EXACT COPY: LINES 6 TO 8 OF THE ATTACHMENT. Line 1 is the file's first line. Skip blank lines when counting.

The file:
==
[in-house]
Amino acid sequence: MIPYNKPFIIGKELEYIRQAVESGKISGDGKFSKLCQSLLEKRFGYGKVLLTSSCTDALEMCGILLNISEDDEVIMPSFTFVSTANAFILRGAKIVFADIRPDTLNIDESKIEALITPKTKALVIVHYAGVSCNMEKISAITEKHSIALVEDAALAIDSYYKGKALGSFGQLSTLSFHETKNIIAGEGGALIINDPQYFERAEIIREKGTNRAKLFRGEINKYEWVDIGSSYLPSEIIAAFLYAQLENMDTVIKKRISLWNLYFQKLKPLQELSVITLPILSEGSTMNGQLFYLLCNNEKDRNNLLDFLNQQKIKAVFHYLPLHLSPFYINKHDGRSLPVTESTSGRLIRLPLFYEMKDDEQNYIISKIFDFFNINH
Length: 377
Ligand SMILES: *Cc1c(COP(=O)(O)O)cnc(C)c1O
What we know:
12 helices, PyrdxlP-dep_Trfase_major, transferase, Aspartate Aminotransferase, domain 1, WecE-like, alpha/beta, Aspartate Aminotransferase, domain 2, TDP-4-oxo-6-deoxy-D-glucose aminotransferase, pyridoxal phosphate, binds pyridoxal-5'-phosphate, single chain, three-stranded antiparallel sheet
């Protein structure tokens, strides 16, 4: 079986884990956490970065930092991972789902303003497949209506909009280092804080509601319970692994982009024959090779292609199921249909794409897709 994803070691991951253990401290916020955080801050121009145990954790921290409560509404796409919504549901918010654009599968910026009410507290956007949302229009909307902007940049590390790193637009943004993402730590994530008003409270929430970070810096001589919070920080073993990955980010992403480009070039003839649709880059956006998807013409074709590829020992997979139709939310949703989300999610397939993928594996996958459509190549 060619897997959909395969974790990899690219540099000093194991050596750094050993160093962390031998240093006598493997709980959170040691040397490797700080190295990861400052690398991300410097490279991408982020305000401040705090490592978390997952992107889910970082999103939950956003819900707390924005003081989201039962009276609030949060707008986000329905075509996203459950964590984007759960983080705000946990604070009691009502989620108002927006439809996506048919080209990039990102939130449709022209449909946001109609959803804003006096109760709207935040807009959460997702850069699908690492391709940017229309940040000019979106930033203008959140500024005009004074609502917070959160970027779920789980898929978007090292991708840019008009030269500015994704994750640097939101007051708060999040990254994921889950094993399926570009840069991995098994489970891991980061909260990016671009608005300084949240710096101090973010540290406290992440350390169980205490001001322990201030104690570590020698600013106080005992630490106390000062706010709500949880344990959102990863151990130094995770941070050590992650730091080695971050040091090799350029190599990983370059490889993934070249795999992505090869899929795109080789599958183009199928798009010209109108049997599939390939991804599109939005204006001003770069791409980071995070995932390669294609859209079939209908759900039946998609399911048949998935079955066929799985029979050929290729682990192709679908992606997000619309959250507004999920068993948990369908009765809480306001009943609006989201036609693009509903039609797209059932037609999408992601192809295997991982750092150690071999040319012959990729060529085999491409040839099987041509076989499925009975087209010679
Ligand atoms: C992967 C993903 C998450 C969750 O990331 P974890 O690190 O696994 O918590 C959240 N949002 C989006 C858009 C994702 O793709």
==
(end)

12 helices, PyrdxlP-dep_Trfase_major, transferase, Aspartate Aminotransferase, domain 1, WecE-like, alpha/beta, Aspartate Aminotransferase, domain 2, TDP-4-oxo-6-deoxy-D-glucose aminotransferase, pyridoxal phosphate, binds pyridoxal-5'-phosphate, single chain, three-stranded antiparallel sheet
């Protein structure tokens, strides 16, 4: 079986884990956490970065930092991972789902303003497949209506909009280092804080509601319970692994982009024959090779292609199921249909794409897709 994803070691991951253990401290916020955080801050121009145990954790921290409560509404796409919504549901918010654009599968910026009410507290956007949302229009909307902007940049590390790193637009943004993402730590994530008003409270929430970070810096001589919070920080073993990955980010992403480009070039003839649709880059956006998807013409074709590829020992997979139709939310949703989300999610397939993928594996996958459509190549 060619897997959909395969974790990899690219540099000093194991050596750094050993160093962390031998240093006598493997709980959170040691040397490797700080190295990861400052690398991300410097490279991408982020305000401040705090490592978390997952992107889910970082999103939950956003819900707390924005003081989201039962009276609030949060707008986000329905075509996203459950964590984007759960983080705000946990604070009691009502989620108002927006439809996506048919080209990039990102939130449709022209449909946001109609959803804003006096109760709207935040807009959460997702850069699908690492391709940017229309940040000019979106930033203008959140500024005009004074609502917070959160970027779920789980898929978007090292991708840019008009030269500015994704994750640097939101007051708060999040990254994921889950094993399926570009840069991995098994489970891991980061909260990016671009608005300084949240710096101090973010540290406290992440350390169980205490001001322990201030104690570590020698600013106080005992630490106390000062706010709500949880344990959102990863151990130094995770941070050590992650730091080695971050040091090799350029190599990983370059490889993934070249795999992505090869899929795109080789599958183009199928798009010209109108049997599939390939991804599109939005204006001003770069791409980071995070995932390669294609859209079939209908759900039946998609399911048949998935079955066929799985029979050929290729682990192709679908992606997000619309959250507004999920068993948990369908009765809480306001009943609006989201036609693009509903039609797209059932037609999408992601192809295997991982750092150690071999040319012959990729060529085999491409040839099987041509076989499925009975087209010679
Ligand atoms: C992967 C993903 C998450 C969750 O990331 P974890 O690190 O696994 O918590 C959240 N949002 C989006 C858009 C994702 O793709």